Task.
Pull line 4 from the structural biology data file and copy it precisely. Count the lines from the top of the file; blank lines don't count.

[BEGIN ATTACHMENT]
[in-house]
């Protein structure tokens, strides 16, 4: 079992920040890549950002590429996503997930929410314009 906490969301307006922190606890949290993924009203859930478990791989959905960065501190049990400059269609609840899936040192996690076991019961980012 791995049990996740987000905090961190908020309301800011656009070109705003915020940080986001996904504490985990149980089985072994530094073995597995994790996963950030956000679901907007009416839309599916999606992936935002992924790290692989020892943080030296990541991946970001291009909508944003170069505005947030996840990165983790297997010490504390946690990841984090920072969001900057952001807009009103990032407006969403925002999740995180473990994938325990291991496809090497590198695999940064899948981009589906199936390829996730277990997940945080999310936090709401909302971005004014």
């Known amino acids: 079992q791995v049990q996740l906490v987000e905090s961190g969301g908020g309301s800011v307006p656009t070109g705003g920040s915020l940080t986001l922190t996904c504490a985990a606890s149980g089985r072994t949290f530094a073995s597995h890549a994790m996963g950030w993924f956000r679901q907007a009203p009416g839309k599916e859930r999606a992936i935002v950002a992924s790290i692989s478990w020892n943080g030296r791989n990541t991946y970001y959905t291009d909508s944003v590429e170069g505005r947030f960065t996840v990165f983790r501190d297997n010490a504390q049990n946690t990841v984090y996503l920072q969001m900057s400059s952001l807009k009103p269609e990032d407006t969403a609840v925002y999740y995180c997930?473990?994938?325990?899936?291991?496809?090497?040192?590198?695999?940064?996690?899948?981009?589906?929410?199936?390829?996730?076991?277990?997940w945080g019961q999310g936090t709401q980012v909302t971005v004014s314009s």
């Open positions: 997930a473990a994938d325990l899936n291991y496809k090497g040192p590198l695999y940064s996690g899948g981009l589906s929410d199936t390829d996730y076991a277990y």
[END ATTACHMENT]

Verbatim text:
């Open positions: 997930a473990a994938d325990l899936n291991y496809k090497g040192p590198l695999y940064s996690g899948g981009l589906s929410d199936t390829d996730y076991a277990y």